5. PI-3 kinase reaction set up and phopsholipid extraction
    6. 10 mg phosphatidylinositol-sodium salt(from Glycine max)was dissolved in 2 ml chloroform to prepare a 5 mg/ml stock solution. This solution was prepared in a small glass vial aschloroformis known to reactwith polypropylene. Small aliquots of stock solution were madeand stored at -20ºC till further use. To avoid spillage due to vapor pressure, vials containing phosphatidylinositol-sodium salt solutionwereopened very carefully.To prepare sonicated phosphatidylinositolfor one PI-3 kinase reaction, 2 μlof the stock phosphatidylinositolsolution (10 μg) wastransferredtoanew1.5 ml microcentrifuge tube. Using vacuum evaporator apparatus, chloroformwas evaporated from the solution and phosphatidylinositol-sodium saltwas resuspended in 5 μl sonication buffer.For sonication, a total of 20 pulses, each of 30 sec with30 sec resting time weregiven on ice
    7. Preparation and sonication of phosphatidylinositol-sodium salt solution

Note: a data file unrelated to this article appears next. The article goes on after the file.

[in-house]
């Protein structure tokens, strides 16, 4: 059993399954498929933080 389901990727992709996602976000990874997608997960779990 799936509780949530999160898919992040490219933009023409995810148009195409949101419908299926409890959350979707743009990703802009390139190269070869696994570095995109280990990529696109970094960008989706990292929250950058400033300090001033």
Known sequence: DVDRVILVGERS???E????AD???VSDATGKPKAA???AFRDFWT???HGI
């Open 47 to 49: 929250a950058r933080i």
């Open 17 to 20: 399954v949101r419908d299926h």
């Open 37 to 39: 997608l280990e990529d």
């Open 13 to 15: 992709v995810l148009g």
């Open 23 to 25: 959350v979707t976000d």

8. A single colonyof desired C. glabratastrainwas inoculated in YPD-liquid mediumand grown for 14-16 h. 50 μl overnight culture was inoculated inYPD-liquid mediumfor 4 h. Log-phase-grownyeast cells were harvested,washedwith PBSandwereinoculated atinitial OD600of 2 and 4,into YNB-dextrose and YNB-sodium acetate liquid medium,respectively.After 4 hincubation,yeast cells were harvested by centrifugation at 2,500g for 5 minand treated with 1.2 M zymolyasefor 1 hto obtain spheroplasts.Post zymolyase treatment, spheroplasts were resuspended in 100 μl resuspension bufferandanequal amount of 0.25 mm glass beadswasadded to lyse the spheroplasts. Using bead beater apparatus, spheroplasts were lysed and protein concentration in spheroplast lysateswas determined usingbicinchoninic acid assay (BCA) method and samples were stored at -20ºC till further use
    9. Preparation of cell lysate
    10. In vitroPI-3 kinase reactions wereset up to measure PI-3P synthesized as described earlier(Whitman et al., 1988)
    11. Phosphatidyl inositol-3 kinase (PI-3 kinase assay)
    12. Colony blot assay was performed to analyse secretion of carboxypeptidase Y(CPY)as described previously (Roberts et al., 1991). Single colony of a C. glabratastrain was inoculated in YPD medium andculture was grown till stationary phase. 0.1 OD600equivalent cellsfrom this culture were spotted on CAA medium,overlaidwith a nitrocellulose membrane and plate was incubated at30 ̊C for 18-20 h.Afterincubation, nitrocellulose membranewas washed with water to remove cells and membrane-bound CPYwas detected by immunoblotting with polyclonal anti-CPY antibody at a dilution of 1:10,000